Bear on the Trail!

Chunky Marmot

A Ranger Pointed Out a Baby Woodpecker To Us

Caterpillar Nest

Jul 112012
 

One of the coolest things we did on our Sequoia trip was visit 2 different caves: Crystal Cave and Boyden’s Cavern.  After the cave I visited with Mike in Thailand (no lights and we had to shimmy through some small holes), I’m sure these two would be quite a different experience.  We signed up for the Crystal Cave Discovery Tour which is offered once a day at 4:30pm and is a flashlight tour instead of the usual lit tour—it’s also a longer tour.  Crystal Cave is a pretty large cave, around 3 miles of underground passage and there are lots of rooms.  The caves in this area are mostly marble caves (in Thailand, it was limestone).  The calcite crystals that formed “rock cascades” were my favorite since they were glittering all over.  Like frozen snow.  It got really cold inside and once we were deep into the cave, our guide had us turn out our flashlights so we could experience the total darkness.  Besides the bottom of the ocean, caves are the only other place you can experience complete darkness.  You can’t see your hand in front of your face, but since your brain knows it’s there, you can experience something called imaging.  That’s when you think you can see the shape of your hand, but it’s just your brain projecting the image on your mind since it’s not physically visible.  Pretty nuts.  Apparently if you’re in total darkness for long enough you will become blind.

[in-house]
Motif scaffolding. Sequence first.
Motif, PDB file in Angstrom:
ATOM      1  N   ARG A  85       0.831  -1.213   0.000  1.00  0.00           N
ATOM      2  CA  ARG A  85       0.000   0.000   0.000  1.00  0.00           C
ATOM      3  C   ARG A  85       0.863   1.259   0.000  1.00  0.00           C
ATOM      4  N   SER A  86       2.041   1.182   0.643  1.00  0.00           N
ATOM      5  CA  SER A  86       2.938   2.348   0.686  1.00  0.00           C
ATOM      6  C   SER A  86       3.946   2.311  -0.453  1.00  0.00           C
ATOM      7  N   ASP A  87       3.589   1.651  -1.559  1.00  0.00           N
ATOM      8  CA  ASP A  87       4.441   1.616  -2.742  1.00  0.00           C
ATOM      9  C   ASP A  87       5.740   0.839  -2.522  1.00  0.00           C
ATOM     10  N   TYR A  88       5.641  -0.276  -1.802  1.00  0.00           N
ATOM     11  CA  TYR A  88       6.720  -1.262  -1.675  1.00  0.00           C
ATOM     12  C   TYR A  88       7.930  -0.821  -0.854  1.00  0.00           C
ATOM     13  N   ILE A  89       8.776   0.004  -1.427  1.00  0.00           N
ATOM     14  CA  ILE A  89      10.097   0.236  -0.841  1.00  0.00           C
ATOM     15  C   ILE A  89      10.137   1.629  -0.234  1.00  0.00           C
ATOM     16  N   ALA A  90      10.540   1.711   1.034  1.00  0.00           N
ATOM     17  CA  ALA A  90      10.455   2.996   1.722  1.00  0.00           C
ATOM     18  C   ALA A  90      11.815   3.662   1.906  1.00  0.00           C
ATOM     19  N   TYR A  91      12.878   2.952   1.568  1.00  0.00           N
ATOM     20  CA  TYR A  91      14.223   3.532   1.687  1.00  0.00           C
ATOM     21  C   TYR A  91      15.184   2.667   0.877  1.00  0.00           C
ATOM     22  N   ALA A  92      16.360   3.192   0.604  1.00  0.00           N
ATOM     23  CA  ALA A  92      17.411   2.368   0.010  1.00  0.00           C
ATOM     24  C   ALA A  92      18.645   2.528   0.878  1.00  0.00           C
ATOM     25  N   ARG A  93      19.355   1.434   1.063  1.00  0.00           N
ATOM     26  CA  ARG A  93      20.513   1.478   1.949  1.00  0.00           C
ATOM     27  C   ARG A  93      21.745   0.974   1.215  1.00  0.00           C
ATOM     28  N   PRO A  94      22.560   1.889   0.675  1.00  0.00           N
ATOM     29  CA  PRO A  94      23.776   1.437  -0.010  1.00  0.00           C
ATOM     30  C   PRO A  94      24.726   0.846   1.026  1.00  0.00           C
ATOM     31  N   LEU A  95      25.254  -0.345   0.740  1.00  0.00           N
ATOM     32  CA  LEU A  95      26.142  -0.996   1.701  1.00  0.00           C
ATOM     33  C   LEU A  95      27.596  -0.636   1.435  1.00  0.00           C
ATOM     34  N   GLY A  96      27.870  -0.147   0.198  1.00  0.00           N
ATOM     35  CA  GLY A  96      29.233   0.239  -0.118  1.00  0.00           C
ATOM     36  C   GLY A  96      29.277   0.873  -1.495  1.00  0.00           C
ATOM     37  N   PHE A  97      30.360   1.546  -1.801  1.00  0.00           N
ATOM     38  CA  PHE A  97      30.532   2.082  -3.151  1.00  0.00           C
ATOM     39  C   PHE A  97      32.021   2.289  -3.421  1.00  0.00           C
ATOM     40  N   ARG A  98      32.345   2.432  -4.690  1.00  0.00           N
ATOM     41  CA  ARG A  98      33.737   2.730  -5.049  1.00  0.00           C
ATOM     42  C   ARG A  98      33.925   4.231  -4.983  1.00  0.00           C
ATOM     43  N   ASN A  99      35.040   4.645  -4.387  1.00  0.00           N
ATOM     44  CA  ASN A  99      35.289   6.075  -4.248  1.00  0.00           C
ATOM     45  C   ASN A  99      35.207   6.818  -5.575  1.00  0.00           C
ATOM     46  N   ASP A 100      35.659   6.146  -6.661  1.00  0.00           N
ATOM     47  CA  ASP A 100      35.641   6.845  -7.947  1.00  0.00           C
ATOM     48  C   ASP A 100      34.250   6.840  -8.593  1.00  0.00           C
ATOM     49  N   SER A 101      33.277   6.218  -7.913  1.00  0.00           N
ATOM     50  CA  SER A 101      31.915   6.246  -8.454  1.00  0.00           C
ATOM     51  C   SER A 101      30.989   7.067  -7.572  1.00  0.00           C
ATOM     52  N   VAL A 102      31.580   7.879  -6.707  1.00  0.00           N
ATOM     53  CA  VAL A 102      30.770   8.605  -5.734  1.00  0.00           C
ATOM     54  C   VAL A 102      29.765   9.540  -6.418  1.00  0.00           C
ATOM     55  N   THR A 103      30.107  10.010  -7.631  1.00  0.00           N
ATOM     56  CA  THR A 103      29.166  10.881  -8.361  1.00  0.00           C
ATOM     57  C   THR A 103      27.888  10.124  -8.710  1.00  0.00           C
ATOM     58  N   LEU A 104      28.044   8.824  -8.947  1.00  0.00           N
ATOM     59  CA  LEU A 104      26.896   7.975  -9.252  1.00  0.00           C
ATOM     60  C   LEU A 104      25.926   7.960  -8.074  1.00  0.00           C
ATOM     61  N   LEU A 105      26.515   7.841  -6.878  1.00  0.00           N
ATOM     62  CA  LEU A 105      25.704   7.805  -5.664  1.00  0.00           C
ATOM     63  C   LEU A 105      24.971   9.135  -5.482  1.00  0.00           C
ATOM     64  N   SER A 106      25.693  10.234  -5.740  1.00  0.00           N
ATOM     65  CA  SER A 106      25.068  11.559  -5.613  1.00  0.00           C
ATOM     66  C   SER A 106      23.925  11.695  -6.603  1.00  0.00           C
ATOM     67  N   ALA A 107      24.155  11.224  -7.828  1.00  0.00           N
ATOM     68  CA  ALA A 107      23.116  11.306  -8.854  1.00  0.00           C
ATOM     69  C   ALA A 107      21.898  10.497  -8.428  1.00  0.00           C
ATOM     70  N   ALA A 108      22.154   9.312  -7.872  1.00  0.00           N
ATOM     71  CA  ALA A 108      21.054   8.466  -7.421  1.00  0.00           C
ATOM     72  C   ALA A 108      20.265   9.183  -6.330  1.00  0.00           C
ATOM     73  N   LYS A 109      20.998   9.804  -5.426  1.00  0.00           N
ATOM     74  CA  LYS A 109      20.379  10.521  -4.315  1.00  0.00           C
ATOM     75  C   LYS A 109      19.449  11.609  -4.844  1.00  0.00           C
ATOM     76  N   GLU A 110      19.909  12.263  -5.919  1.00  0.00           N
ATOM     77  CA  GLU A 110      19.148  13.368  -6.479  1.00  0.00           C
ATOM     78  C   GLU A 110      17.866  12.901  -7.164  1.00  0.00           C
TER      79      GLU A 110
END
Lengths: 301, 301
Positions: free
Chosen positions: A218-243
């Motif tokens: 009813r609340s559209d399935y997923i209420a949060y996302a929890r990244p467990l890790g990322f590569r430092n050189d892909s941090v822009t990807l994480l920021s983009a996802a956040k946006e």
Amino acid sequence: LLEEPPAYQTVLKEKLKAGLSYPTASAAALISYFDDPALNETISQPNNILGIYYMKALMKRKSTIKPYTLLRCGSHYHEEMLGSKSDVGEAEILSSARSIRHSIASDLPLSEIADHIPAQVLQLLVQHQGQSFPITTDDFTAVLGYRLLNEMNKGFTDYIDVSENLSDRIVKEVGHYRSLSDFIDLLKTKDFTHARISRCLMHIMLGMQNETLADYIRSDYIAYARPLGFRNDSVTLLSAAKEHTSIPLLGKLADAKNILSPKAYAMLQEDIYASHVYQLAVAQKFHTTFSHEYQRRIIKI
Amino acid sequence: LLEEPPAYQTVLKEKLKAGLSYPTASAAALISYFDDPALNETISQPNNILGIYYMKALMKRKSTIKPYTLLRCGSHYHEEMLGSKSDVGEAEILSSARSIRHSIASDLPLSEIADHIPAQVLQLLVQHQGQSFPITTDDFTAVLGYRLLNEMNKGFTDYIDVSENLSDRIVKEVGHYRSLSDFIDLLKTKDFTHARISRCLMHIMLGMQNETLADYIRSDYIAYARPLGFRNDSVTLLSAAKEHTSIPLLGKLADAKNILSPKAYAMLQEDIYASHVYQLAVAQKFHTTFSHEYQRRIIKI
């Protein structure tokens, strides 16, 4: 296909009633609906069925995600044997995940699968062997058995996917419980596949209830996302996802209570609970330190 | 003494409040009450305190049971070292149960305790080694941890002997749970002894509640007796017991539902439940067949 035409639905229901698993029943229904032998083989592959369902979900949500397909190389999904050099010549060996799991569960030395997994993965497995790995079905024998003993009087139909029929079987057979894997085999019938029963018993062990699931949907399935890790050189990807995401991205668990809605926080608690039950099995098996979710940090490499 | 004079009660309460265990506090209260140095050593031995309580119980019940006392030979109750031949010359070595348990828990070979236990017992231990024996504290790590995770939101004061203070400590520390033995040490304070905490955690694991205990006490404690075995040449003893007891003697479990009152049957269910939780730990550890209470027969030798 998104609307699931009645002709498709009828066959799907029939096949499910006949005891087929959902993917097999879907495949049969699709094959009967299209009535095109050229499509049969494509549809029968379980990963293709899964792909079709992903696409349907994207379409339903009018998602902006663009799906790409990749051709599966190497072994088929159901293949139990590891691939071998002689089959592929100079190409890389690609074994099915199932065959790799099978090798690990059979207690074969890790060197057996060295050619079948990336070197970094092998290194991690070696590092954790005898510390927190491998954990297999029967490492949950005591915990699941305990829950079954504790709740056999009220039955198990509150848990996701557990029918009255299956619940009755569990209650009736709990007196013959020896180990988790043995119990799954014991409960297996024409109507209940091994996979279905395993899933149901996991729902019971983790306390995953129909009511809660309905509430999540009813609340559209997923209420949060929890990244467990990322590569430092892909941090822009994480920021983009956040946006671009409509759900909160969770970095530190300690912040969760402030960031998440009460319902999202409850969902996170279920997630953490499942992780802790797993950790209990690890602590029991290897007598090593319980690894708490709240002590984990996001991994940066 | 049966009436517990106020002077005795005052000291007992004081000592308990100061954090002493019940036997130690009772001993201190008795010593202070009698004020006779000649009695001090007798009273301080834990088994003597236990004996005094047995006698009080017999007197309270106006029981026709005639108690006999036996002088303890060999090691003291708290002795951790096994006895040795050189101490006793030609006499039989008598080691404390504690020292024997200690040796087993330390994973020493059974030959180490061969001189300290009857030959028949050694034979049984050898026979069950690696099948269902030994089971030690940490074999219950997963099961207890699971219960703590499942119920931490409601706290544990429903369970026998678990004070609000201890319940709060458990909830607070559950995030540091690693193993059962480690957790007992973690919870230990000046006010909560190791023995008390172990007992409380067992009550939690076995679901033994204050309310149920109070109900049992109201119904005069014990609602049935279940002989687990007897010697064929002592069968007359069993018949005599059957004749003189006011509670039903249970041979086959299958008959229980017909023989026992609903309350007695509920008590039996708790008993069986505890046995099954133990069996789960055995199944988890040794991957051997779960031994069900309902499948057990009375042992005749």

Crystal Cave really is covered all over in “crystals” and there are lots of sparkling formations.  Simply beautiful.  It’s sad to see parts of the cave that have stopped “growing” since back in the day the path was dirt instead of concrete.  The dirt would get kicked up on tours and pretty soon it coats the formations with a gray layer and prevents new growth.  Apparently they have more in depth tours and that are closer to caving and you get to crawl into more rooms.  I will definitely be back for that one day!

Calcite Flow

Crystal Formations

Stalactites and Stalagmites

Ripples